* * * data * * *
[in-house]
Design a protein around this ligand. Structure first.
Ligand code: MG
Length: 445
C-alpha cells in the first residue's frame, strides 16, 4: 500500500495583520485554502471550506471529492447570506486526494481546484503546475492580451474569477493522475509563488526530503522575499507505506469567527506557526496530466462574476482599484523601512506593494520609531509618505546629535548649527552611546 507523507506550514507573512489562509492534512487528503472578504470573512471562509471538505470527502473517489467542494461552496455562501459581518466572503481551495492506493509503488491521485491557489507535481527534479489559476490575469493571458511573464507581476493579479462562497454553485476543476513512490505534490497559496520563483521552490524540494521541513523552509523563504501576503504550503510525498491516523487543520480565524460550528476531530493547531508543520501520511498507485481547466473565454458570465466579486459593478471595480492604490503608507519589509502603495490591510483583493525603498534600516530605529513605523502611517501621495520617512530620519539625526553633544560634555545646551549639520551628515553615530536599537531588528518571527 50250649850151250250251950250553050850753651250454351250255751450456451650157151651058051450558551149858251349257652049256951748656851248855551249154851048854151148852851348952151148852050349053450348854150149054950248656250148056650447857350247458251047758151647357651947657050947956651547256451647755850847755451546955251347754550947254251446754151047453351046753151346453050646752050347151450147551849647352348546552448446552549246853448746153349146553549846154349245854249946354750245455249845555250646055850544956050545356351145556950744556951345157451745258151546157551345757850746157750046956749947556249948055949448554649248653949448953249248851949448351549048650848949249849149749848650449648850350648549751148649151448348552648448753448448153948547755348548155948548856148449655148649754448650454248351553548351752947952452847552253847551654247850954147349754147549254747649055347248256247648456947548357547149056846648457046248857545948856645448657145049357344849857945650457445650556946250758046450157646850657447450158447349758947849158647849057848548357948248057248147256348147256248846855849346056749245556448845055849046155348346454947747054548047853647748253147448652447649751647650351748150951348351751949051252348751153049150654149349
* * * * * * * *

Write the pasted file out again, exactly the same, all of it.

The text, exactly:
[in-house]
Design a protein around this ligand. Structure first.
Ligand code: MG
Length: 445
C-alpha cells in the first residue's frame, strides 16, 4: 500500500495583520485554502471550506471529492447570506486526494481546484503546475492580451474569477493522475509563488526530503522575499507505506469567527506557526496530466462574476482599484523601512506593494520609531509618505546629535548649527552611546 507523507506550514507573512489562509492534512487528503472578504470573512471562509471538505470527502473517489467542494461552496455562501459581518466572503481551495492506493509503488491521485491557489507535481527534479489559476490575469493571458511573464507581476493579479462562497454553485476543476513512490505534490497559496520563483521552490524540494521541513523552509523563504501576503504550503510525498491516523487543520480565524460550528476531530493547531508543520501520511498507485481547466473565454458570465466579486459593478471595480492604490503608507519589509502603495490591510483583493525603498534600516530605529513605523502611517501621495520617512530620519539625526553633544560634555545646551549639520551628515553615530536599537531588528518571527 50250649850151250250251950250553050850753651250454351250255751450456451650157151651058051450558551149858251349257652049256951748656851248855551249154851048854151148852851348952151148852050349053450348854150149054950248656250148056650447857350247458251047758151647357651947657050947956651547256451647755850847755451546955251347754550947254251446754151047453351046753151346453050646752050347151450147551849647352348546552448446552549246853448746153349146553549846154349245854249946354750245455249845555250646055850544956050545356351145556950744556951345157451745258151546157551345757850746157750046956749947556249948055949448554649248653949448953249248851949448351549048650848949249849149749848650449648850350648549751148649151448348552648448753448448153948547755348548155948548856148449655148649754448650454248351553548351752947952452847552253847551654247850954147349754147549254747649055347248256247648456947548357547149056846648457046248857545948856645448657145049357344849857945650457445650556946250758046450157646850657447450158447349758947849158647849057848548357948248057248147256348147256248846855849346056749245556448845055849046155348346454947747054548047853647748253147448652447649751647650351748150951348351751949051252348751153049150654149349